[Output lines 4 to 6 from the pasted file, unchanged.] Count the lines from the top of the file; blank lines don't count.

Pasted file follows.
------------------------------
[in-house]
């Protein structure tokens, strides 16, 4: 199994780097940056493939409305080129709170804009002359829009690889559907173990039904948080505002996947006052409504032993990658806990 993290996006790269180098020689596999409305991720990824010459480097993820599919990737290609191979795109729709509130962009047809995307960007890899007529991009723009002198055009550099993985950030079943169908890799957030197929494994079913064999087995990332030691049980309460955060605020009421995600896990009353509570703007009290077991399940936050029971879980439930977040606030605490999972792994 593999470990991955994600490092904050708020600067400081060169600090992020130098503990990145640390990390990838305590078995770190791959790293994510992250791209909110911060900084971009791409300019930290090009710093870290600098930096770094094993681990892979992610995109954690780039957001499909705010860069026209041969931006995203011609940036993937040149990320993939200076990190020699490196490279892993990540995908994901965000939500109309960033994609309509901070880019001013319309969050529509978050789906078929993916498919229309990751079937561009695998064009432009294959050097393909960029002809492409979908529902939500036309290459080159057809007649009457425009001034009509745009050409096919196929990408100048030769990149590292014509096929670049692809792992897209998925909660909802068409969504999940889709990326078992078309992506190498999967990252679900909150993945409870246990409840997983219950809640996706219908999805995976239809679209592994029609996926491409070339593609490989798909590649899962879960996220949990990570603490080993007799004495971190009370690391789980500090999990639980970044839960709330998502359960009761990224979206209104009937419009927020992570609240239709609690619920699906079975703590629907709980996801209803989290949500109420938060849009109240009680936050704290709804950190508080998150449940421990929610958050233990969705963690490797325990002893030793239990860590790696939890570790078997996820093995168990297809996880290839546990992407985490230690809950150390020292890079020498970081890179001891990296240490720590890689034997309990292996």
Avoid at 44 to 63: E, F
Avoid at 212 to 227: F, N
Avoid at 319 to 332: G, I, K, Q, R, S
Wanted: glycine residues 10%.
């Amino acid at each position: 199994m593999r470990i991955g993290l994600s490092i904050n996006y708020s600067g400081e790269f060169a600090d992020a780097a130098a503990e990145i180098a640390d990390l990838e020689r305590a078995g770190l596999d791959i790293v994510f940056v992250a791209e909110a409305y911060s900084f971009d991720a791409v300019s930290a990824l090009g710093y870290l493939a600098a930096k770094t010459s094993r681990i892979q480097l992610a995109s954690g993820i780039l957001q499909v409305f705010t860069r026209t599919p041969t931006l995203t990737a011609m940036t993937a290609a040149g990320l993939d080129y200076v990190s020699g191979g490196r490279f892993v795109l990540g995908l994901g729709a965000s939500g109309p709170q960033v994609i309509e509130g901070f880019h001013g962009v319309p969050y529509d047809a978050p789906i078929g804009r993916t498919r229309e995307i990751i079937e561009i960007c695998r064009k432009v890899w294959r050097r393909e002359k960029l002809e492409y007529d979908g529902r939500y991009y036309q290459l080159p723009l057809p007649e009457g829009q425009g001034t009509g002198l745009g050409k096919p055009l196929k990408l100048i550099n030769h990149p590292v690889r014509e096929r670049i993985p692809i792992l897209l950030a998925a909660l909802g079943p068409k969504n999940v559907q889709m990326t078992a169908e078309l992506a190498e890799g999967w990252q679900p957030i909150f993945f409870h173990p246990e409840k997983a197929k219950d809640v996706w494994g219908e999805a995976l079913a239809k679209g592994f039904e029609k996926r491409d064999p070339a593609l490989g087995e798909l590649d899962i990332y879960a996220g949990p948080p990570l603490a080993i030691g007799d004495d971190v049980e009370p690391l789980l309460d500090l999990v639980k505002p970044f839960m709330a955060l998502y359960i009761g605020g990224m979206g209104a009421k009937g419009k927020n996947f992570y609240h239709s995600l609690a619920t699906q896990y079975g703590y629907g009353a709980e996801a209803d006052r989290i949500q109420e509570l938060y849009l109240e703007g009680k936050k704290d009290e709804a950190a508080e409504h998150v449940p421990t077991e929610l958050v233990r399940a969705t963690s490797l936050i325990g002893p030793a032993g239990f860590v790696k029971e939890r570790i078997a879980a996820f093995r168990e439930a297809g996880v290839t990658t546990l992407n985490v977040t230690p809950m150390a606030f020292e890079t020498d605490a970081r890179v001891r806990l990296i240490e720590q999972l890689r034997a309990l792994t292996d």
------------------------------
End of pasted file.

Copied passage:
Avoid at 212 to 227: F, N
Avoid at 319 to 332: G, I, K, Q, R, S
Wanted: glycine residues 10%.